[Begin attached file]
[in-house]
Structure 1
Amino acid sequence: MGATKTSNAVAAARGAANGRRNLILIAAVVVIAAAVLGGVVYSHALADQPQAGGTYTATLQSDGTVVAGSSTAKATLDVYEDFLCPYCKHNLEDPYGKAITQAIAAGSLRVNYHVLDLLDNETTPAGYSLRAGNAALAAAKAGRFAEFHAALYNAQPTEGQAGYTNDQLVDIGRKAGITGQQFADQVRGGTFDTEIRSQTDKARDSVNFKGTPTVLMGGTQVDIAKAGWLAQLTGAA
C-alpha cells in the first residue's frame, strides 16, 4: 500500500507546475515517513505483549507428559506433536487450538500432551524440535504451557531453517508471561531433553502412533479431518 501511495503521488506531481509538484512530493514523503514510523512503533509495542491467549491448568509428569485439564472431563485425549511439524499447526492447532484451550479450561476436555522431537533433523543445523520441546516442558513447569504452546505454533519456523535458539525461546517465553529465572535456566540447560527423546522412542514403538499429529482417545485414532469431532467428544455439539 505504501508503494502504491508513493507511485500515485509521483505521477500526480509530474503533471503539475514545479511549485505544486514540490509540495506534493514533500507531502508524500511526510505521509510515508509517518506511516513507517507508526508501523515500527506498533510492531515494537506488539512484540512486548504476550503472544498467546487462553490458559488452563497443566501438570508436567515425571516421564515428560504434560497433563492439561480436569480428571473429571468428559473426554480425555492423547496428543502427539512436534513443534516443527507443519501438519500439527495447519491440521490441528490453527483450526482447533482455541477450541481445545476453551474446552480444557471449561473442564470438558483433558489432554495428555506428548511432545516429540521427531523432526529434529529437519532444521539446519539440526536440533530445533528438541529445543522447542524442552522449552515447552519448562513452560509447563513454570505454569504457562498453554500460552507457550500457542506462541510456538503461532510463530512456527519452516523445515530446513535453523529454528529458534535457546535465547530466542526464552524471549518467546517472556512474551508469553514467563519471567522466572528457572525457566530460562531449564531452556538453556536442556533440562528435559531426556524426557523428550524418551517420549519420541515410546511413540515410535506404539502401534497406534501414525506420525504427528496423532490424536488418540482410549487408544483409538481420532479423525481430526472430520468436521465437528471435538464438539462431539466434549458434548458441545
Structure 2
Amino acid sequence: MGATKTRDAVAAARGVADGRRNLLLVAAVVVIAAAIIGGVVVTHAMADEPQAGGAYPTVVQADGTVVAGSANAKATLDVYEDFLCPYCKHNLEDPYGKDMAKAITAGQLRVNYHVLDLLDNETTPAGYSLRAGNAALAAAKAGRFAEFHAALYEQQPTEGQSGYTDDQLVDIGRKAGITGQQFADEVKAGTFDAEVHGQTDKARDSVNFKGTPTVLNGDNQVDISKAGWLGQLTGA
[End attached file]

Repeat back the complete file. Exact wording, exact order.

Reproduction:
[in-house]
Structure 1
Amino acid sequence: MGATKTSNAVAAARGAANGRRNLILIAAVVVIAAAVLGGVVYSHALADQPQAGGTYTATLQSDGTVVAGSSTAKATLDVYEDFLCPYCKHNLEDPYGKAITQAIAAGSLRVNYHVLDLLDNETTPAGYSLRAGNAALAAAKAGRFAEFHAALYNAQPTEGQAGYTNDQLVDIGRKAGITGQQFADQVRGGTFDTEIRSQTDKARDSVNFKGTPTVLMGGTQVDIAKAGWLAQLTGAA
C-alpha cells in the first residue's frame, strides 16, 4: 500500500507546475515517513505483549507428559506433536487450538500432551524440535504451557531453517508471561531433553502412533479431518 501511495503521488506531481509538484512530493514523503514510523512503533509495542491467549491448568509428569485439564472431563485425549511439524499447526492447532484451550479450561476436555522431537533433523543445523520441546516442558513447569504452546505454533519456523535458539525461546517465553529465572535456566540447560527423546522412542514403538499429529482417545485414532469431532467428544455439539 505504501508503494502504491508513493507511485500515485509521483505521477500526480509530474503533471503539475514545479511549485505544486514540490509540495506534493514533500507531502508524500511526510505521509510515508509517518506511516513507517507508526508501523515500527506498533510492531515494537506488539512484540512486548504476550503472544498467546487462553490458559488452563497443566501438570508436567515425571516421564515428560504434560497433563492439561480436569480428571473429571468428559473426554480425555492423547496428543502427539512436534513443534516443527507443519501438519500439527495447519491440521490441528490453527483450526482447533482455541477450541481445545476453551474446552480444557471449561473442564470438558483433558489432554495428555506428548511432545516429540521427531523432526529434529529437519532444521539446519539440526536440533530445533528438541529445543522447542524442552522449552515447552519448562513452560509447563513454570505454569504457562498453554500460552507457550500457542506462541510456538503461532510463530512456527519452516523445515530446513535453523529454528529458534535457546535465547530466542526464552524471549518467546517472556512474551508469553514467563519471567522466572528457572525457566530460562531449564531452556538453556536442556533440562528435559531426556524426557523428550524418551517420549519420541515410546511413540515410535506404539502401534497406534501414525506420525504427528496423532490424536488418540482410549487408544483409538481420532479423525481430526472430520468436521465437528471435538464438539462431539466434549458434548458441545
Structure 2
Amino acid sequence: MGATKTRDAVAAARGVADGRRNLLLVAAVVVIAAAIIGGVVVTHAMADEPQAGGAYPTVVQADGTVVAGSANAKATLDVYEDFLCPYCKHNLEDPYGKDMAKAITAGQLRVNYHVLDLLDNETTPAGYSLRAGNAALAAAKAGRFAEFHAALYEQQPTEGQSGYTDDQLVDIGRKAGITGQQFADEVKAGTFDAEVHGQTDKARDSVNFKGTPTVLNGDNQVDISKAGWLGQLTGA